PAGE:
Twinkle Twinkle wittle star
Pow pow pow pow pow pow pow.
He said as he waved his Lego gun in the air. “See, I told you I could sing!” He exclaimed.
“I have on fweeee kinds of wipstick today. Isn't it pretty?”
said the precious four year old with lipstick smeared from her chin to nostril as she pooched her lips out at me.
Childhood ain't what it used to be
Every time I spend time with young children it is a reminder of precious innocence but also of how we impart so many aspects of society upon their young lives. Perhaps too young.
Another day not too long a go, I played Simon Says with some busy five year olds as I asked them to act like an elephant or seal or rabbit or other animals in nature – things that would be simple from when I was a child. But when I said “Simon says act like a possum.” I got blank stares.
We're in South Georgia. Possums are everywhere. Granted, they aren't the kind of critter you'd really want to see or poke a stick at in your daily life but still, they are here.
But…. vacant looks and blinking eyes… they hadn't a clue. I went through various other animals, lions and tigers weren't a problem but otters and a few other animals were. So, as I struggled, they said, “tell us something fun that we know better.”
I was taken aback and on a whim before I thought about their ages, I said:
“Simon says be a zombie…”
Oh my goodness. Although in my opinion, zombies are way above these children's age appropriate level, every single one rolled their eyes and zombie walked around the room groaning. I quickly went elsewhere but we went pop culture instead of animals and I knew in my gut something has dramatically and perhaps unalterably changed.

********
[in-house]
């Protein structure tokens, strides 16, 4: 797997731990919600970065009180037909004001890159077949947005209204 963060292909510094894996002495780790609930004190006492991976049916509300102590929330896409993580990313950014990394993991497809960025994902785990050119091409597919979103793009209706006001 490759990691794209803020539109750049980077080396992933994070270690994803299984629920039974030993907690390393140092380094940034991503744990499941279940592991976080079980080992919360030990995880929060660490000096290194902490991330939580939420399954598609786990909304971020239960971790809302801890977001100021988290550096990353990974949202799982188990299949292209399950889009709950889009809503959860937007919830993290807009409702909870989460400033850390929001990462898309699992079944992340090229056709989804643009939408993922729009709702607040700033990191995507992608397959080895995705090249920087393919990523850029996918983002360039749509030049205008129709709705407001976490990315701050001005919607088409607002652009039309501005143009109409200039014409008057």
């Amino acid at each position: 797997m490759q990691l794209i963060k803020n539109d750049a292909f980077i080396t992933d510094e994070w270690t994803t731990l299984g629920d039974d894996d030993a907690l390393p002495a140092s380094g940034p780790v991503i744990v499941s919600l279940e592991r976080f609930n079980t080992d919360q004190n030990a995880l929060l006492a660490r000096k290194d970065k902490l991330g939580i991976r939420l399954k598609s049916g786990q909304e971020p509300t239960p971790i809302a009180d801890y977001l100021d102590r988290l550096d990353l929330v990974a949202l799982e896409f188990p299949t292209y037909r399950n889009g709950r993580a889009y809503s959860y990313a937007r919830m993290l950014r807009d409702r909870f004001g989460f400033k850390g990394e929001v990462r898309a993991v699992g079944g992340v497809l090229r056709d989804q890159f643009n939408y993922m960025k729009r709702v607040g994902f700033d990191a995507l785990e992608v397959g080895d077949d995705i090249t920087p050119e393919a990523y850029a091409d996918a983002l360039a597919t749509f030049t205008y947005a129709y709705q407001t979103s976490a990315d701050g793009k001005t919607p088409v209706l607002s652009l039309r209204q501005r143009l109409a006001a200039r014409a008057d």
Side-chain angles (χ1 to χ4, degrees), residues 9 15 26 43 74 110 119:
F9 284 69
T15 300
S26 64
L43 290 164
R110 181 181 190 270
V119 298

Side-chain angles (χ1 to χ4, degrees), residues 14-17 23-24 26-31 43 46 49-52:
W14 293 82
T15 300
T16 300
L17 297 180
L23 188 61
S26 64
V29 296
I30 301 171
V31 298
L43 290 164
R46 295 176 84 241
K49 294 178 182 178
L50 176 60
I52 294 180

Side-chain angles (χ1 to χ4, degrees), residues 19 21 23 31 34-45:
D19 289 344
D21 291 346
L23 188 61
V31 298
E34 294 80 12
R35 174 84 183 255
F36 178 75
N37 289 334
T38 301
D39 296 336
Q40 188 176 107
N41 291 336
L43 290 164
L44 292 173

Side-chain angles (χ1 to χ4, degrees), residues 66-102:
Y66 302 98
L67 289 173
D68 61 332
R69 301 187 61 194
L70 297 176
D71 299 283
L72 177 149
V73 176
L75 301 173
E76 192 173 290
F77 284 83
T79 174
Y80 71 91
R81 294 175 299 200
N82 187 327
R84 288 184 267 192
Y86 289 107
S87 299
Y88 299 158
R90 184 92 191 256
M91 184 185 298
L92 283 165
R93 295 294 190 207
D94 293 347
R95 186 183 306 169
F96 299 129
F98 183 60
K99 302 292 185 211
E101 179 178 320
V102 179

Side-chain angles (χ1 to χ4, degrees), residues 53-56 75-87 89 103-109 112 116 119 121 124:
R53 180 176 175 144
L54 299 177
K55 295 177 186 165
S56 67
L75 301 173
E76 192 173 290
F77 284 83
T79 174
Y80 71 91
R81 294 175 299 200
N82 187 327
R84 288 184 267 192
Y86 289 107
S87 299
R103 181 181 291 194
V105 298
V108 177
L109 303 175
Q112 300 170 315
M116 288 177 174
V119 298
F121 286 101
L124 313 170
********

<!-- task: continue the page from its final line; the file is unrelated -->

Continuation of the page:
Pop Culture is the new nature of being a child
This is the world that kids live now. Not the outdoors. Not nature. Lipstick jungles, divas, soldiers and first person shooters — this is what these kids understand because they live it and are exposed to it all the time.
I remember over a year a go, I was helping watch some kids play when one girl playing with two boys caught my attention as she said-
“OK, you and I are going to be in the house – you're my boyfriend and you… you be my husband and you come home and find us an be very very angry.”
The teenagers we deserve?
This is a far cry from the tea parties and playing with babies I had as a child. But there's a saying
“We get the teenagers we deserve as a society.”
I don't know if we get the teenagers we deserve, but we get the teenagers that we shape.
Society, parents: all of us can share in this
There are things are really not wise for kids to see — but this is on TV 24/7, in a Roku, iTunes, Amazon live streaming world.. We've glorified zombies and vampires and dark things so kids know more about these things than they do the animals outside. We used to protect kids with an early bedtime but they can see anything with a click.
Death and Darkness are no big deal?
These kids are going to be able to operate drones from half a world away and could potentially kill millions. Do we really want to desensitize them to death? Death is real and it is permanent – do we really want to glorify it?
Daddies darling diva?